Fraser hopes to keep summer events with social distancing |

Fraser hopes to keep summer events with social distancing

An artist competes in last year's Mountain Mural Festival in Fraser. The town board considered funding for events and programs including the Mural Festival at its most recent meeting.
McKenna Harford /

The Fraser Board of Trustees has begun discussions about which nonessential projects and programs it should cut as the town finances face the COVID-19 crisis.

As towns across Grand County consider both the financial and public health challenges that the coronavirus pandemic has brought, Fraser is looking at what the next months will bring for the town.

The board held a workshop to go over potential capital cuts Wednesday. Town Manager Jeff Durbin approached the board with a list of nonessential projects and programs asking for board direction on whether to move forward with them.

The town had planned three events for the summer, including the nine week, live music program known as Picnics in the Park, the second year of the Mural Festival and the first year of the Canine Cabins.

The town had allocated $15,000 for Picnics in the Park and $15,000 to Canine Cabins as a sponsorship with Sky-Hi News. The Mural Festival would be another $20,000, but cost wasn’t the only thing the town board considered.

“If we’re going to go forward with this, we would need to think about the number of people who would attend,” Durbin said of the Picnics in the Park. “I think we could put some provisions in place to deal with social distancing, but I am concerned at the moment about all the other free outdoor music events being canceled.”

Social distancing was a big consideration for events, which the board was optimistic would be possible with some adjustments. Most were hesitant to cut events even with the financial hardships.

“I think we should also not just talk about the financial cost, but also about the health and well-being of our community as well,” Mayor Philip Vandernail said. “If we just shut down and do nothing, our community is going to feel that.”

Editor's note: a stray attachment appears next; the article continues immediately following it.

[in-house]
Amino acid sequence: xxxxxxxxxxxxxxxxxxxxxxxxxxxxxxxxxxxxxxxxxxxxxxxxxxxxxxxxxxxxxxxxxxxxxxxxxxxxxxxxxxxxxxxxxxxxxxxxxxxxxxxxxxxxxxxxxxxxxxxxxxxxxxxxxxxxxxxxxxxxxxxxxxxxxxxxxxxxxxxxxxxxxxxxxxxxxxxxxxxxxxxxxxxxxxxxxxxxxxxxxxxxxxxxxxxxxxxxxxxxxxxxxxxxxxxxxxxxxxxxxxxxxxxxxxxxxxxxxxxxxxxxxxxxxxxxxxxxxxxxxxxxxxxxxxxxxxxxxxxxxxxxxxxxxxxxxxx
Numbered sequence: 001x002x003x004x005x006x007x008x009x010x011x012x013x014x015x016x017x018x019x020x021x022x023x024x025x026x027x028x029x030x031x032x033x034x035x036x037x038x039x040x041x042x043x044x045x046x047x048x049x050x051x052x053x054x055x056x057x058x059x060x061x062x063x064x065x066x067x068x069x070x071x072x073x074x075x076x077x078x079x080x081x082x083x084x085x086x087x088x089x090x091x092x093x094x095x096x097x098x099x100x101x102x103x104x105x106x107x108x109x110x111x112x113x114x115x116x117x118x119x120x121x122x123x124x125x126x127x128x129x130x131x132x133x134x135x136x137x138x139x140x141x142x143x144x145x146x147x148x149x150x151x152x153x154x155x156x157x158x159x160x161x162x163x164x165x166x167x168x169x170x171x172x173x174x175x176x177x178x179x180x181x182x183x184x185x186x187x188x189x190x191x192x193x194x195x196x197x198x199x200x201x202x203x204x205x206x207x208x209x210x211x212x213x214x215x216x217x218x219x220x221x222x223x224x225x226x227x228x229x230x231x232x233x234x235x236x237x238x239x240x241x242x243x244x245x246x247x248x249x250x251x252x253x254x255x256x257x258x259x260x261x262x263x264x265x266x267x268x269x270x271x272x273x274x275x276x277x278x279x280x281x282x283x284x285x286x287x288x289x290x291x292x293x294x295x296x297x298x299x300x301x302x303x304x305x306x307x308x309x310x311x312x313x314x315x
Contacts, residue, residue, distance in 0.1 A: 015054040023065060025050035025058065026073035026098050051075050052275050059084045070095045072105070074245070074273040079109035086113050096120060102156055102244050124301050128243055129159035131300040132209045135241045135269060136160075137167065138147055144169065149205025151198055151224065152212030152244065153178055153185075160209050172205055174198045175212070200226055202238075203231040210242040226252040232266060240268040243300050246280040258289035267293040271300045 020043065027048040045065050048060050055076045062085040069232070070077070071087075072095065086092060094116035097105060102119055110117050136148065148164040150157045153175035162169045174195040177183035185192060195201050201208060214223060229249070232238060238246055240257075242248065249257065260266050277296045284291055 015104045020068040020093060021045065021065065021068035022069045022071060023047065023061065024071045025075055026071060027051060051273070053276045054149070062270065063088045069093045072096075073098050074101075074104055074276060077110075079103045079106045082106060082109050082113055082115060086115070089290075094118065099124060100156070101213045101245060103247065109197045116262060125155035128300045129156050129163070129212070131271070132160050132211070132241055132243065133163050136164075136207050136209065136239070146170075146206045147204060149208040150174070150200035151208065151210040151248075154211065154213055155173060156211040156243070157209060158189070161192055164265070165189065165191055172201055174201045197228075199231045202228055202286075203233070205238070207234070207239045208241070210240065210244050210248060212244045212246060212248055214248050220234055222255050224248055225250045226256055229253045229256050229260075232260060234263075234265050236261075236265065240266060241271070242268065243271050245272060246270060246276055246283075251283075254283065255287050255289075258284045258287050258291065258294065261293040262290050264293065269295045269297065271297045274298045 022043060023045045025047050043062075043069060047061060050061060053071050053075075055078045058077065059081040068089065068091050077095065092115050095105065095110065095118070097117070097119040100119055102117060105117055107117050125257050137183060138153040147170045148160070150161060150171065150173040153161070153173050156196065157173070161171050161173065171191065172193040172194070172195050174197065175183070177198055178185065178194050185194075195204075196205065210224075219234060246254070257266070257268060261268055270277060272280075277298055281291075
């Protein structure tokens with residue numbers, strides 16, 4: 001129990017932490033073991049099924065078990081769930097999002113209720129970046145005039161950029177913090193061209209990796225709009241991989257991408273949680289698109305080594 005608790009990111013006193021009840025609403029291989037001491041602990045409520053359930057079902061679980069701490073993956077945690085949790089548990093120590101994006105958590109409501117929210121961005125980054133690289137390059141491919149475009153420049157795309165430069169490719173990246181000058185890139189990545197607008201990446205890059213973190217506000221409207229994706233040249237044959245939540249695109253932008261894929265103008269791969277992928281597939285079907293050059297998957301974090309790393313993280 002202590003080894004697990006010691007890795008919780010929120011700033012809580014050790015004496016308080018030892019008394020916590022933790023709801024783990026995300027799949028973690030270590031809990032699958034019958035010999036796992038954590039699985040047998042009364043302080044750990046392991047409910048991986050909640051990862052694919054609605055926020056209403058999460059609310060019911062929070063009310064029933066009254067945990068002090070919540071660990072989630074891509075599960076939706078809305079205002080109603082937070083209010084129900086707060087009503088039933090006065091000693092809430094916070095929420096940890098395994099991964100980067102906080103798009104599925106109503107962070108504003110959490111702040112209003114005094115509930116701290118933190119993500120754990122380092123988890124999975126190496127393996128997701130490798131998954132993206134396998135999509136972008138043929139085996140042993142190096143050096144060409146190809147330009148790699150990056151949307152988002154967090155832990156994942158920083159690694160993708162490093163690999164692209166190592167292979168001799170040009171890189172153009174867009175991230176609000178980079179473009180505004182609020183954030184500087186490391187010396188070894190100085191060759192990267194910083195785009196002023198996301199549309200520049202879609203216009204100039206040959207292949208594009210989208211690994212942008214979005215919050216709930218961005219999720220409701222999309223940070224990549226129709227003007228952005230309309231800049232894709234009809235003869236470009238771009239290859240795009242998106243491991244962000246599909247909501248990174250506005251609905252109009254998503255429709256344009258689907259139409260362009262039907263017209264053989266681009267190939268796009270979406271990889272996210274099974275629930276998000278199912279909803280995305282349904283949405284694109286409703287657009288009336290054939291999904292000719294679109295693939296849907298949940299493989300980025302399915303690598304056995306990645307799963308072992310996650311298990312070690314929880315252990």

Other expenses that the town board agreed to put on hold include $25,000 for marketing; $50,000 for the business enhancement grant program; $40,000 for an electric vehicle charging station; $30,000 for a public works facility design; and $30,000 to redo the town hall entry.

The town board is getting more information to see if it wants to move forward with spending $15,000 on the mural program — separate from the Mural Festival — and $15,000 on the sculpture program.

As for the events, the town board decided to put Canine Cabins on hold pending a grant the town might receive for that amount. Picnics in the Park and the Mural Festival will move forward. Town staff will work on spreading out those events to maintain social distancing.

In other business:

  • The Fraser trustees approved a business relief resolution similar to the one approved by Winter Park earlier this week. The ordinance allows businesses to temporarily expand their outdoor seating areas without worrying about parking requirements.
    The resolution also allows for temporary signage as long as it does not obstruct public sidewalks, and businesses are encouraged to contact town staff for assistance with any other ideas.
    The resolution applies until Oct. 15, at which time businesses will need to comply with town code again.
  • The board approved an amendment to the model traffic code allowing the town manager to determine appropriate weight restrictions and other traffic control measures on town streets.

Support Local Journalism

Support Local Journalism

The Sky-Hi News strives to deliver powerful stories that spark emotion and focus on the place we live.

Over the past year, contributions from readers like you helped to fund some of our most important reporting, including coverage of the East Troublesome Fire.

If you value local journalism, consider making a contribution to our newsroom in support of the work we do.